I have never seen so many people at a railway station, it was packed, there were people sleeping everywhere - welcome to the holy city. Our ride from the station was un-inspiring, piles of rubbish everywhere, and I do mean piles!
To that fragrance, add the stench of stagnant water that has been lying around after the heavy rains and I think you get the picture - best described as an assault on your senses, eyes, ears & nose. Doris, Fred & I have endless conversations about the filth & rubbish, and can't understand why the government don't employ more people to clean up - it's not as though there's a shortage of man power. The problem is there are all these piles of rubbish everywhere, but nothing to actually put it in. We have observed people coming straight out of their houses with food scraps and rubbish and just dumping it in the street. Your immediate reaction is anger, like why don't they dispose of it properly, but if there is nothing provided, for example rubbish bins or rubbish skips, then what are they suppose to do with it? How can you blame them? It's so easy to be judgemental when you don't have to face these same hardships day in and day out.
We did an orientation walk with DJ down to the Ghats (steps) of the river Ganges.
We were meant to take a boat ride this evening, but due to the high water levels, the boat ride was cancelled. Varanasi is the holiest city in India. People come here to die, as in the Hindu religion, to die in Varanasi means a direct ticket to heaven. We walked up to a section of the Ganges where they build the funeral pyres and there was a ceremony about to take place. It is the eldest son who assumes the duties at a funeral, he shaves his head and it is he who sets the pyre alight. Fred was very interested and wanted to stay and watch the proceedings, but DJ explained that it would be at least another couple of hours before the ceremony got into full swing. (nb this may not be the correct term)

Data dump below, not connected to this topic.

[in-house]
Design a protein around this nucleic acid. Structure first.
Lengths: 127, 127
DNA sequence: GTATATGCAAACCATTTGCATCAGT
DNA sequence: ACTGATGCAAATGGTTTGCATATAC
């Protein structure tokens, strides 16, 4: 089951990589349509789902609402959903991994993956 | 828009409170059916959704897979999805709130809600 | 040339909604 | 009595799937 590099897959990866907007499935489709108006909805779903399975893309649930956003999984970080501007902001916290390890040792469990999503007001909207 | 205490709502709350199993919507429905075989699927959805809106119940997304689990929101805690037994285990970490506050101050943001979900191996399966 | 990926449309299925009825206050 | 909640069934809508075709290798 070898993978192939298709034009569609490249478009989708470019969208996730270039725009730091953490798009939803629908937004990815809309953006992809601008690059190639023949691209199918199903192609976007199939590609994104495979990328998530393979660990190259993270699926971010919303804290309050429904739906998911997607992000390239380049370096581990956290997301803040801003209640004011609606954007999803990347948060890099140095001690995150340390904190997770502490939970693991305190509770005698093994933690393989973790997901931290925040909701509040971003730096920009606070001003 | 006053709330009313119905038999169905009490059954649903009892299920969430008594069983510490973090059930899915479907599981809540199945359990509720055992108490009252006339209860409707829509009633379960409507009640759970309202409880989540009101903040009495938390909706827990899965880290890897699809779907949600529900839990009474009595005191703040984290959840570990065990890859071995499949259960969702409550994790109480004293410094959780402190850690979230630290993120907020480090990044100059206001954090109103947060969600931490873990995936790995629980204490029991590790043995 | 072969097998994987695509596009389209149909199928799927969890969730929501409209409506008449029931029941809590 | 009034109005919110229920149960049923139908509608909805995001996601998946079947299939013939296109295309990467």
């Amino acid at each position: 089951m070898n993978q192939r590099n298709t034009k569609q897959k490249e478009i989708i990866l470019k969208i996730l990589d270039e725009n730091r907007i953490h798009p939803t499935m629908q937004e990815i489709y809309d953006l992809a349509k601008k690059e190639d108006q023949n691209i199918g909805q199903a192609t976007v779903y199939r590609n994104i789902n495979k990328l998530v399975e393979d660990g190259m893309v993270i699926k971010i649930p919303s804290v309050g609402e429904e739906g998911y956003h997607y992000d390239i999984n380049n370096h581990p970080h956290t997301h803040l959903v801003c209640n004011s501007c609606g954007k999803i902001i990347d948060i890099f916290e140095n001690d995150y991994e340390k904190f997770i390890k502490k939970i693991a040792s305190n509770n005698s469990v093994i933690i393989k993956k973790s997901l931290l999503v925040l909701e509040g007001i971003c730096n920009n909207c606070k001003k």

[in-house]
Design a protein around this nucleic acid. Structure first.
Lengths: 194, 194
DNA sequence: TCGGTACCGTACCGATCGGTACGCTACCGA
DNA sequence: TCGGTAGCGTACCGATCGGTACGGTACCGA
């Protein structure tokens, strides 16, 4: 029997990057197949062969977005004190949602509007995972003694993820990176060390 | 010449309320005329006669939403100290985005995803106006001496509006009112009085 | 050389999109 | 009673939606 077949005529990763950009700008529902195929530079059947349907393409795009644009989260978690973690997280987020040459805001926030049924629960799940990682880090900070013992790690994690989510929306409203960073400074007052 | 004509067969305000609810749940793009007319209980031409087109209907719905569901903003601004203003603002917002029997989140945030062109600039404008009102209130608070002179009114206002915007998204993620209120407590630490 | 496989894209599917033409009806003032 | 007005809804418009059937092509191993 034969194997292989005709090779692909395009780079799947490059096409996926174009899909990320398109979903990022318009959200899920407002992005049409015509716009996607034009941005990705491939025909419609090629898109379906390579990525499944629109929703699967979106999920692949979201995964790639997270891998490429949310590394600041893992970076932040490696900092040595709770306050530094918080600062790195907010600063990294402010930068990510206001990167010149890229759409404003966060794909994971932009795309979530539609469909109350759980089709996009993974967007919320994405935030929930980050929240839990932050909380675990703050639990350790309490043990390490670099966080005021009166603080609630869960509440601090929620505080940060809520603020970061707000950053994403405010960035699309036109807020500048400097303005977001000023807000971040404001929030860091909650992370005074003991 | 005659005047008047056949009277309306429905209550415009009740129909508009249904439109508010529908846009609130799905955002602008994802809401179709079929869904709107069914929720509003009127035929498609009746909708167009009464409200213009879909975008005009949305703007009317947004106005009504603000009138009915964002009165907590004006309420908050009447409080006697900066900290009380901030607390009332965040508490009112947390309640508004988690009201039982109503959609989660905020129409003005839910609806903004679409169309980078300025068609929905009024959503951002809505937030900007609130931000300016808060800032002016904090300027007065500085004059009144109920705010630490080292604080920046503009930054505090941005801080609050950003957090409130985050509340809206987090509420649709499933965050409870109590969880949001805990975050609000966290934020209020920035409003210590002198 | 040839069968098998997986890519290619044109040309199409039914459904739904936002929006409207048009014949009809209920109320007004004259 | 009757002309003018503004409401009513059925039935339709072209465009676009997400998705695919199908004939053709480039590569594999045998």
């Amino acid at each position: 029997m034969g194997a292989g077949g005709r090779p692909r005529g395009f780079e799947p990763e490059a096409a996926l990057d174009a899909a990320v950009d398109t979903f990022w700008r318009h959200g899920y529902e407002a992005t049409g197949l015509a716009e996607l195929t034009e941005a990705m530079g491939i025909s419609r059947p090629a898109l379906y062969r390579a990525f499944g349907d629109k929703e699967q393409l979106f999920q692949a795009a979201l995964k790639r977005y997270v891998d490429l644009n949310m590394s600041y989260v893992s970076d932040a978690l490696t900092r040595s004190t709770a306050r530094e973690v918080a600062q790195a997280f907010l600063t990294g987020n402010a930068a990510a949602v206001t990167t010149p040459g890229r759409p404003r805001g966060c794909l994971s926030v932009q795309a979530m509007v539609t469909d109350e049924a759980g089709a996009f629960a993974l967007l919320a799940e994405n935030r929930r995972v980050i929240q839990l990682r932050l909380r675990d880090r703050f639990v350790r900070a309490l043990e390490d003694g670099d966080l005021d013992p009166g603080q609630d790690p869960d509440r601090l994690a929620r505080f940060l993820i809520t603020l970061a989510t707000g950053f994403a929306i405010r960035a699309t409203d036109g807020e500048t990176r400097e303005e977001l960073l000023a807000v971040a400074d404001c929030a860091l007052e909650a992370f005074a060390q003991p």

There is a religious festival tomorrow and we are told that most of the market stalls will be closed. The celebration is to Ganesh Chaturti - people keep statues of this God in their homes for good luck, then on this religious day they will throw the statue in the river. Fortunately the statues are bio degradable, but just imagine if they weren't - along with the rest of the crap, the Ganges would get totally clogged up with all these half man half elephant statues! I bet there are millions upon millions thrown in the Ganges each year.
Come evening, .another celebration has started, and there has been processions, dancing, and the loudest music ever passing by our hotel, this celebration is called Vishwakarmd this is the God of the labourers.
Doris & I got caught up in some very noisy celebrations in one of the narrow alleyways, we got trapped between the flashing light machine and the big fan that blew cold air from melting blocks of ice on to the frenzied dancers. These people definitely know how to party. We had a great time exploring the alleyways, there were all sorts of funny little shops, but mostly Varanasi is famous for fabrics, in particular sari fabrics in pure silk. The bridal outfits displayed in the shop windows were simply stunning.
On the way back to the hotel we passed a very large funeral party heading down the street towards the ghats where the burial ceremonies take place. The body was wrapped in sparkly fabric and held above the mourners in the procession. Just a normal everyday occurrence in Varanasi.
The Hotel Haifa is very pleasant and the food is excellent.
I'm really looking forward to dinner, shower and bed. It's been a big day, we've walked miles and enjoyed everything we've seen and done. Looking forward to tomorrow already.
Arrived Varanasi about 9.30am, and I can't believe that I actually slept on the train. It was no where near as hectic as the first train trip. We had a card school going till 10.00pm, which provided lots of laughs, and one of the other highlights was watching Doris climb into the middle bunk. She assured us that she was capable of climbing up the ladder. She forgot to tell us that she'd left the springs in her knees at home. The upshot of it was that Fred had to get behind her and push her up onto the bunk, she then did this kinda commando crawl to get to the top of the bed, we could hardly do anything for laughing, it was a commando crawl in slow motion. We were hoping that she didn't have to use the toilet in the night.